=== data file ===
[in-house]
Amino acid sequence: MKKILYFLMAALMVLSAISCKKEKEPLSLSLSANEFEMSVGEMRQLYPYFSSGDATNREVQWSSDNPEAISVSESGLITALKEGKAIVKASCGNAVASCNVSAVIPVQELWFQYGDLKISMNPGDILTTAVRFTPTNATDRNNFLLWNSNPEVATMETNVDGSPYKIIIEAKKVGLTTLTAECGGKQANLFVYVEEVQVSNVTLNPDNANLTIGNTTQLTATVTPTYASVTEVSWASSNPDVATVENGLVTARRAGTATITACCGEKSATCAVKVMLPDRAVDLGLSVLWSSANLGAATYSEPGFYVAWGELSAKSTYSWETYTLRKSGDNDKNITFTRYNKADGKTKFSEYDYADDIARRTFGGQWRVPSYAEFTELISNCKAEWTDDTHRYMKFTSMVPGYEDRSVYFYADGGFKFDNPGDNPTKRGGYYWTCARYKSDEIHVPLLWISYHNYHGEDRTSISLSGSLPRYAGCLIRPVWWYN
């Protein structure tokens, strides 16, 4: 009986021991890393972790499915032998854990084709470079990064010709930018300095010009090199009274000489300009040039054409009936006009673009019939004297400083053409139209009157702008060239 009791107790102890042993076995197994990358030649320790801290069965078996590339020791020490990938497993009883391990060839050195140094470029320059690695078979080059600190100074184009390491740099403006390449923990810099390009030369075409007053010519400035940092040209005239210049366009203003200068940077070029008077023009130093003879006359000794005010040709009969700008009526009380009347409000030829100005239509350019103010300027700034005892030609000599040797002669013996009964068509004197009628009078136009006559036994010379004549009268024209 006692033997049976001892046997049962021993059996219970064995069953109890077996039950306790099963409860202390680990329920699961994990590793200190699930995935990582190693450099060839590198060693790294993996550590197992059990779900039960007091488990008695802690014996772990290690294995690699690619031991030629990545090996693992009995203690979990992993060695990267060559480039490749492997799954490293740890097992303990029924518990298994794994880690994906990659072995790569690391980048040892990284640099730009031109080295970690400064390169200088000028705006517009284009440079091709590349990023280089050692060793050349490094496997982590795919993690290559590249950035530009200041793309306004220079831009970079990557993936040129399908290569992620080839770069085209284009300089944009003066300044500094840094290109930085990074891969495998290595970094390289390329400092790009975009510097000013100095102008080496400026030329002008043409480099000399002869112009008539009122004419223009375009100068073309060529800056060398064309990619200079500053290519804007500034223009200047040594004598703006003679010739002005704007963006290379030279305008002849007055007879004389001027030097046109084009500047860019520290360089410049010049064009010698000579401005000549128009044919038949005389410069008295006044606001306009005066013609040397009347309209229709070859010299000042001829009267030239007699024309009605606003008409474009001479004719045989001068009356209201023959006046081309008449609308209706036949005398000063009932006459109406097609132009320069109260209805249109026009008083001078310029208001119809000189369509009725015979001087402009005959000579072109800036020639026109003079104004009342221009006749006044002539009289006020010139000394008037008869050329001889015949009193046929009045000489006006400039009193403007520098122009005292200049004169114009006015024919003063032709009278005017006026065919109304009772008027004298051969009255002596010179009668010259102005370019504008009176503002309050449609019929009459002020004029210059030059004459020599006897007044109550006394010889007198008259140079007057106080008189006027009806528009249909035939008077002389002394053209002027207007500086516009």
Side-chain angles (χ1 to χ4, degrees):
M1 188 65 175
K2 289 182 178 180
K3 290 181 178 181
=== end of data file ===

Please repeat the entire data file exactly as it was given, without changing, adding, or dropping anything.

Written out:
[in-house]
Amino acid sequence: MKKILYFLMAALMVLSAISCKKEKEPLSLSLSANEFEMSVGEMRQLYPYFSSGDATNREVQWSSDNPEAISVSESGLITALKEGKAIVKASCGNAVASCNVSAVIPVQELWFQYGDLKISMNPGDILTTAVRFTPTNATDRNNFLLWNSNPEVATMETNVDGSPYKIIIEAKKVGLTTLTAECGGKQANLFVYVEEVQVSNVTLNPDNANLTIGNTTQLTATVTPTYASVTEVSWASSNPDVATVENGLVTARRAGTATITACCGEKSATCAVKVMLPDRAVDLGLSVLWSSANLGAATYSEPGFYVAWGELSAKSTYSWETYTLRKSGDNDKNITFTRYNKADGKTKFSEYDYADDIARRTFGGQWRVPSYAEFTELISNCKAEWTDDTHRYMKFTSMVPGYEDRSVYFYADGGFKFDNPGDNPTKRGGYYWTCARYKSDEIHVPLLWISYHNYHGEDRTSISLSGSLPRYAGCLIRPVWWYN
């Protein structure tokens, strides 16, 4: 009986021991890393972790499915032998854990084709470079990064010709930018300095010009090199009274000489300009040039054409009936006009673009019939004297400083053409139209009157702008060239 009791107790102890042993076995197994990358030649320790801290069965078996590339020791020490990938497993009883391990060839050195140094470029320059690695078979080059600190100074184009390491740099403006390449923990810099390009030369075409007053010519400035940092040209005239210049366009203003200068940077070029008077023009130093003879006359000794005010040709009969700008009526009380009347409000030829100005239509350019103010300027700034005892030609000599040797002669013996009964068509004197009628009078136009006559036994010379004549009268024209 006692033997049976001892046997049962021993059996219970064995069953109890077996039950306790099963409860202390680990329920699961994990590793200190699930995935990582190693450099060839590198060693790294993996550590197992059990779900039960007091488990008695802690014996772990290690294995690699690619031991030629990545090996693992009995203690979990992993060695990267060559480039490749492997799954490293740890097992303990029924518990298994794994880690994906990659072995790569690391980048040892990284640099730009031109080295970690400064390169200088000028705006517009284009440079091709590349990023280089050692060793050349490094496997982590795919993690290559590249950035530009200041793309306004220079831009970079990557993936040129399908290569992620080839770069085209284009300089944009003066300044500094840094290109930085990074891969495998290595970094390289390329400092790009975009510097000013100095102008080496400026030329002008043409480099000399002869112009008539009122004419223009375009100068073309060529800056060398064309990619200079500053290519804007500034223009200047040594004598703006003679010739002005704007963006290379030279305008002849007055007879004389001027030097046109084009500047860019520290360089410049010049064009010698000579401005000549128009044919038949005389410069008295006044606001306009005066013609040397009347309209229709070859010299000042001829009267030239007699024309009605606003008409474009001479004719045989001068009356209201023959006046081309008449609308209706036949005398000063009932006459109406097609132009320069109260209805249109026009008083001078310029208001119809000189369509009725015979001087402009005959000579072109800036020639026109003079104004009342221009006749006044002539009289006020010139000394008037008869050329001889015949009193046929009045000489006006400039009193403007520098122009005292200049004169114009006015024919003063032709009278005017006026065919109304009772008027004298051969009255002596010179009668010259102005370019504008009176503002309050449609019929009459002020004029210059030059004459020599006897007044109550006394010889007198008259140079007057106080008189006027009806528009249909035939008077002389002394053209002027207007500086516009």
Side-chain angles (χ1 to χ4, degrees):
M1 188 65 175
K2 289 182 178 180
K3 290 181 178 181